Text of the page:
booderee national park

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World Ranger Day

Meet Kaylene McLeod, one of our newest ranger recruits! From reintroducing species that have been locally extinct for almost a century to battling the scourge of bitou bush along our coastlines and welcoming tourists from around the globe, there is never a dull moment as a Booderee National Park ranger. Becoming a ranger in January 2017, Kaylene is a local from the Wreck Bay Community. Her family has been integral in caring for Booderee National Park since its establishment in 1995.

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Red rock to black rock

Ranger Matt Hudson recently left Booderee National Park (where he’s worked for 16 years), and headed to the desert for a second stint helping out at Uluru as head of the Cultural and Resources ranger team. There is rarely a dull moment for rangers working in the Uluru-Kata Tjuta National Park, with wildlife conservation and land management demanding constant attention. The mala paddock is one of the park’s key projects. A 170 hectare area has been cleared of rabbits, cats and foxes to create a safe fenced environment for the park’s threatened mala (rufous hare-wallaby).

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Amphibious chorus follows heavy rain at Booderee

Spring is here, the nights are getting warmer and the frog calls louder at Booderee. Following some of the highest rainfall recorded in a decade, we’ve been hearing the dulcet and not so dulcet tones of the 17 frog species in the park. The striped march frog sounds like someone whacking two pieces of wood together, the eastern froglet makes a creaking noise and Tyler’s toadlet makes a single croak.

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Fox control continues

[](images/242-outfoxed-with-matt-and-chicko.jpg) Teaching our school holiday program 'Outfoxed' 'Outfoxed' introduces children to the protection of native species Rangers don’t particularly enjoy the eradication of animals – but unfortunately, it is a necessary part of protecting many native species. Foxes pose one of the biggest threats to native animals in Booderee. All medium-sized mammals, shorebirds and ground dwelling birds like the Eastern Bristle Bird are at risk from these introduced predators.

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Potoroos settling in at Booderee

At the end of October last year we transferred 27 long-nosed potoroos to suitable habitat in Booderee National Park after they had been extinct in the area for many years. Since the translocation we’ve been monitoring the population closely, using camera and cage traps to determine their survival. The potoroos have had us guessing the last couple of weeks. We didn’t see any potoroos for about three weeks, but we did see a red fox.

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Whale play blows visitor away

The story and images we received from Booderee visitor Maree were too fantastic to keep to ourselves. I’m completely blown away by the experience I had on Dolphin Watch’s ‘Extreme’. I got to witness the magic bond between mother and calf near Murrays Boat Ramp, Booderee National Park. The mum seemed happy enough to let junior ‘play’ close to the boat. At times the calf rolled over and over, slapping both pec fins lazily in all directions, whilst eyeballing us.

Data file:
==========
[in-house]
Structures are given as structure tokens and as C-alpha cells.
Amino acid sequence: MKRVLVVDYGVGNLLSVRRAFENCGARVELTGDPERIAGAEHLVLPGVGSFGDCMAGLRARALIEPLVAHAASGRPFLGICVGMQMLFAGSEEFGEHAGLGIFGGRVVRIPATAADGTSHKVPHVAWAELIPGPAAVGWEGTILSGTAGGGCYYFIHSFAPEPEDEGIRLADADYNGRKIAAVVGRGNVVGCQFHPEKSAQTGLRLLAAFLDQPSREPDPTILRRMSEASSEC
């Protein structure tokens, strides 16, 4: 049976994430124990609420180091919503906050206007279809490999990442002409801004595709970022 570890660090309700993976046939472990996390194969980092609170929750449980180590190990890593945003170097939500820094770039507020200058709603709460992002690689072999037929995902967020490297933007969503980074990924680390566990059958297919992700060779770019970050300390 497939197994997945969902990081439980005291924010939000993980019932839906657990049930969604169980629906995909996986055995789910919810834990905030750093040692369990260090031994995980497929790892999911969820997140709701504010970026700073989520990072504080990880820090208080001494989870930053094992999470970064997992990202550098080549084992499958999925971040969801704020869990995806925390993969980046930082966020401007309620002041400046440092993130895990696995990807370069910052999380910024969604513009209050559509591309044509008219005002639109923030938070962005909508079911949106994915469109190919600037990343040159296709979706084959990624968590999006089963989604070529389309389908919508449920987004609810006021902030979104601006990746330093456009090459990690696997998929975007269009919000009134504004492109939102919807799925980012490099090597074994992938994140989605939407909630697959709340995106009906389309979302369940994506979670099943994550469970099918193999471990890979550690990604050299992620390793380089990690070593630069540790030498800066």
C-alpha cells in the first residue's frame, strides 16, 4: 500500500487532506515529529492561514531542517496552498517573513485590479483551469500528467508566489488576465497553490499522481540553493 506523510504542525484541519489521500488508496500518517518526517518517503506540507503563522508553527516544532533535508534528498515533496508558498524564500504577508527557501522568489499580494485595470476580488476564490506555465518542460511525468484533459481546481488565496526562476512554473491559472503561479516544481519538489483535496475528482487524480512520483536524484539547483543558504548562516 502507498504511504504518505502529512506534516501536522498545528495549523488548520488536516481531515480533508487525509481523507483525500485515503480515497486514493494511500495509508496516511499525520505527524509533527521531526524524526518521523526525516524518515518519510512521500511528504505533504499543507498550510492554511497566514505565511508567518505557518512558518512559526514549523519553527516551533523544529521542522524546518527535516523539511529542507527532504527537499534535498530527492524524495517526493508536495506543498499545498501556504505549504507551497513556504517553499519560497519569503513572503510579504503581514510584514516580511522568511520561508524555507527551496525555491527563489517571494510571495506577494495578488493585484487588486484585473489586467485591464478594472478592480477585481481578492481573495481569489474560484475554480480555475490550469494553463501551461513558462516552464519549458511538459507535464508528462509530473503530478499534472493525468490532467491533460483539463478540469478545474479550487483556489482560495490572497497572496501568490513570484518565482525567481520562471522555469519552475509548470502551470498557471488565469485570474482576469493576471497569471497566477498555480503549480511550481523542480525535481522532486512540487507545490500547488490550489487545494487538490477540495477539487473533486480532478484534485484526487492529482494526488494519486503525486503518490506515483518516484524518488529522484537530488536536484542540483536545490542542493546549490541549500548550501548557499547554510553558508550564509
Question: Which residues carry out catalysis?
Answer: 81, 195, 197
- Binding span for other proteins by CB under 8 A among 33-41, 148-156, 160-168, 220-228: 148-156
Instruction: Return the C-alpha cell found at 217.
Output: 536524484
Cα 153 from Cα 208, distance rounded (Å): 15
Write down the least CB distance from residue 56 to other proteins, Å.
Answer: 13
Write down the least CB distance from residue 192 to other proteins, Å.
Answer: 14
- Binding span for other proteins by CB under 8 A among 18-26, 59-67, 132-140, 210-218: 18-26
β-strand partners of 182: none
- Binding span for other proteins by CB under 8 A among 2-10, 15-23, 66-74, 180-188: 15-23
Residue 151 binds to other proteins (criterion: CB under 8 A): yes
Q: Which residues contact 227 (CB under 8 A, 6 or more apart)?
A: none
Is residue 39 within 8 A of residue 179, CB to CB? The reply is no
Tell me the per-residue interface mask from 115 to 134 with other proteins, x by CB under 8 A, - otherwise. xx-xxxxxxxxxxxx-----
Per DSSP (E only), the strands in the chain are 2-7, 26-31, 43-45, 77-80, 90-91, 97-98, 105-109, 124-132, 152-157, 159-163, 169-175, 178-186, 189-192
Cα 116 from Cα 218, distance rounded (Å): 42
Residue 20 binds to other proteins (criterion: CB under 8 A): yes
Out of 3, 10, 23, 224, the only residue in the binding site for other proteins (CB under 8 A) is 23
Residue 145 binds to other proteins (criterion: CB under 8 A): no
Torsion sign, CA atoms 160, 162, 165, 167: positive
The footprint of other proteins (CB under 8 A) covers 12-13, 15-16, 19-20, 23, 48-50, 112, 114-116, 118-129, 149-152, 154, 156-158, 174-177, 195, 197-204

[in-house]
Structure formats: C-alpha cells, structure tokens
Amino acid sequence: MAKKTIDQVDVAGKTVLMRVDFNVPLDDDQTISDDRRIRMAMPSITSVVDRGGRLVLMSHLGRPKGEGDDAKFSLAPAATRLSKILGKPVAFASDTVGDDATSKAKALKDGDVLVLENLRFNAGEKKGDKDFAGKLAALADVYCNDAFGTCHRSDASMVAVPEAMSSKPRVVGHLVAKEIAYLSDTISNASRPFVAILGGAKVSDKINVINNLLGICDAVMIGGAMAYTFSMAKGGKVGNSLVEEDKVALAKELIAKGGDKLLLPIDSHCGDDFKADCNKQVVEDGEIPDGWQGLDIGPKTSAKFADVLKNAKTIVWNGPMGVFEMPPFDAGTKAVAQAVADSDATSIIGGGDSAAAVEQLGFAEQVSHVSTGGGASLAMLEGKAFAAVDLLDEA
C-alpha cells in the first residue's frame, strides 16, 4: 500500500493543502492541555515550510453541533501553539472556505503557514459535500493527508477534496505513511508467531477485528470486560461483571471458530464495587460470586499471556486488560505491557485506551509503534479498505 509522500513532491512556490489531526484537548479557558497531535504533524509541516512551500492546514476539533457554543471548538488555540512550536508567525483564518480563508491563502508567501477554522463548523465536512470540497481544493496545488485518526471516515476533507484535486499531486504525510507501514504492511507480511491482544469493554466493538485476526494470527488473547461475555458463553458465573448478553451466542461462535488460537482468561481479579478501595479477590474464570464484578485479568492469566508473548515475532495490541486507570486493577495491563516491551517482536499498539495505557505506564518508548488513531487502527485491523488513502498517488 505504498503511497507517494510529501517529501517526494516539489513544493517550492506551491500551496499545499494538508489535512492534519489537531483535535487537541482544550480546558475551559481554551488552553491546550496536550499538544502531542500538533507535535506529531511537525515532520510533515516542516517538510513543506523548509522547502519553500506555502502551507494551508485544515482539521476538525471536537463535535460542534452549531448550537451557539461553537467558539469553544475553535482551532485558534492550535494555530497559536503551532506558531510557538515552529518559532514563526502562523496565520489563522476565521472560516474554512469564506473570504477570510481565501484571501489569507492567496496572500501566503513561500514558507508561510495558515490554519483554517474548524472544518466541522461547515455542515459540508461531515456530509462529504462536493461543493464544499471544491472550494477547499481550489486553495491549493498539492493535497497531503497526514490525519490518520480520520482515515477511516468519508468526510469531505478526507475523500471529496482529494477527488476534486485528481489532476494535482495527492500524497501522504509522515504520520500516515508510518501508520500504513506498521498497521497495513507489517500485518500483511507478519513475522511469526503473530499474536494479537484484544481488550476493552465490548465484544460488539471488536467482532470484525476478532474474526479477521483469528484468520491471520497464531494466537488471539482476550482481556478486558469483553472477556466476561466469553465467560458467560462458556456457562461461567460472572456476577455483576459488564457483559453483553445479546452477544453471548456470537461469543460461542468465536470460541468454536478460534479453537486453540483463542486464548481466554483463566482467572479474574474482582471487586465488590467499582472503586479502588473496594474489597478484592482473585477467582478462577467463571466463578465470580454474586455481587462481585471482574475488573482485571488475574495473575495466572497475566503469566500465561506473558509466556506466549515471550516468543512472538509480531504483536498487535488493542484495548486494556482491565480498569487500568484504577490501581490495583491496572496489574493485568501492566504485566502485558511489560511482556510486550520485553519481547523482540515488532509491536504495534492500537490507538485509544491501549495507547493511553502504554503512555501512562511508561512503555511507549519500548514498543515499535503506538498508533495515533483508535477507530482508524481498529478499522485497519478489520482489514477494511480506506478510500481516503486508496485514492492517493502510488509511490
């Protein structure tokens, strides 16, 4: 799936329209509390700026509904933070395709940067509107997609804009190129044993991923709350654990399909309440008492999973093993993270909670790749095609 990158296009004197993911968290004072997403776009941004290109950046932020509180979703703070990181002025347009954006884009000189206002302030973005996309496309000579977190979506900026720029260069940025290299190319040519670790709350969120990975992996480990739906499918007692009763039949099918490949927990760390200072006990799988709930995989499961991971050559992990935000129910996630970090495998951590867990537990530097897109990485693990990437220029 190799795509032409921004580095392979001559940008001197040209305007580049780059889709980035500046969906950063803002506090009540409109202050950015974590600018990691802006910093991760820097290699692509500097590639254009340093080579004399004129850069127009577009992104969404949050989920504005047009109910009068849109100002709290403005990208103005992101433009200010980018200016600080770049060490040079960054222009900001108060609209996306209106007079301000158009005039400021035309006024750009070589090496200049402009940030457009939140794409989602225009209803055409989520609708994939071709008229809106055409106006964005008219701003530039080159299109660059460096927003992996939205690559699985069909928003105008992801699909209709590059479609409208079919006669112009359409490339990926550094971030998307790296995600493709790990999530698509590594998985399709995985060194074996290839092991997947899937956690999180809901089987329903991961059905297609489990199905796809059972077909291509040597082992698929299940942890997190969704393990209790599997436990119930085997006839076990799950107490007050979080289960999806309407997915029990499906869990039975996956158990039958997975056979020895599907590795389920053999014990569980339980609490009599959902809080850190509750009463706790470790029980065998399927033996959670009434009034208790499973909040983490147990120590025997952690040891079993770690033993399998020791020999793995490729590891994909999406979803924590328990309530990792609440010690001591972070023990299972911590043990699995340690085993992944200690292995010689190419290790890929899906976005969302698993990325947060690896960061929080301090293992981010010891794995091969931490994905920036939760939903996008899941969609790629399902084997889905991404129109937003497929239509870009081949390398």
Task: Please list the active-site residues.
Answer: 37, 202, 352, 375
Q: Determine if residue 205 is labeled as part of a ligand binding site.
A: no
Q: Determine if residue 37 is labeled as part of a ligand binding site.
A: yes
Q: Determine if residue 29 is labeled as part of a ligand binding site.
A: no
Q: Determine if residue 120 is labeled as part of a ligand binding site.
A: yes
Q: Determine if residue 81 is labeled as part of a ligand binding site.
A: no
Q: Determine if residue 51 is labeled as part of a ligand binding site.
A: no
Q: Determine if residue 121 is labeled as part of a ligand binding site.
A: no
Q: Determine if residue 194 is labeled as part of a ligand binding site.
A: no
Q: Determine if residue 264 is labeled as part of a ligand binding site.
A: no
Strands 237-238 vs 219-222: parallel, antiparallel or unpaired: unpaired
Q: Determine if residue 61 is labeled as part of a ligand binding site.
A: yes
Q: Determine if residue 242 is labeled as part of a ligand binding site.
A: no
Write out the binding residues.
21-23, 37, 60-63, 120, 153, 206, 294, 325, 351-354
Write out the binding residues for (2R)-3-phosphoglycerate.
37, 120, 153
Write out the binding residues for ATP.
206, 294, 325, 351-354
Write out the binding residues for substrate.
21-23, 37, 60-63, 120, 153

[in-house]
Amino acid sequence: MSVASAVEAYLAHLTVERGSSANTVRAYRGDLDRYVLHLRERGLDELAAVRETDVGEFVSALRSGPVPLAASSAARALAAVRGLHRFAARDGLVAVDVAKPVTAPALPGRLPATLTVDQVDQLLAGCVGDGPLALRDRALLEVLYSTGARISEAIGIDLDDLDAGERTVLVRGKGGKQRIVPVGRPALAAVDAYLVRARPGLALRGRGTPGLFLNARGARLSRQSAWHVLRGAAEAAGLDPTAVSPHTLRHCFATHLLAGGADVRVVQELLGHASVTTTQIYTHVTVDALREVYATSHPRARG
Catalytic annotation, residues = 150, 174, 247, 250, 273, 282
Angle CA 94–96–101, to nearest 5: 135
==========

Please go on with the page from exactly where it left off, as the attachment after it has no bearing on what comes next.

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Junior rangers explore visitor impacts

The kids talked about how long it takes rubbish to break down The rangers collected rubbish left by visitors The junior rangers are following in Rose's footsteps After greeting me with a cuddle, junior rangers from Jervis Bay school were as excited as I was to be out exploring again. This time we were investigating human impact on the natural environment at Green Patch.

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Birds of Booderee

Every time I visit the Booderee Botanic Gardens I am astounded by the variety of birdlife - and how unfazed they are by human presence. The fairy-wrens happily hopped up to within a metre of me, cheekily eyeing me before continuing on their journey. The Casuarina Lawn is a wonderful place to see all manner of birds finding some lunch. Keep an eye out for kookaburras perching in the branches, surveilling the lawns for lizards, worms and other tasty morsels.

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Photographers love Booderee

Gang-gang cockatoo Photographers can’t get enough of Booderee National Park - and here’s why! The wildlife is abundant, and the landscape constantly presents unexpected photo opportunities. Vincentia resident Maree Clout sent us these pictures she took in the park this winter - and we think you’ll agree they’re spectacular. Just look at that handsome red and black snake! And the satin bowebird’s elegant bower display for his potential mate.

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Waiting for the sun

Hole in the Wall | Booderee National Park One of the shots I always wanted to capture at Booderee was the sun setting through Hole in the Wall, but I was never there at the right time of year for the sun to line up properly. On a visit to the park this winter everything finally lined up. I had beautiful weather - and a cracking sunset peeping through the Hole.

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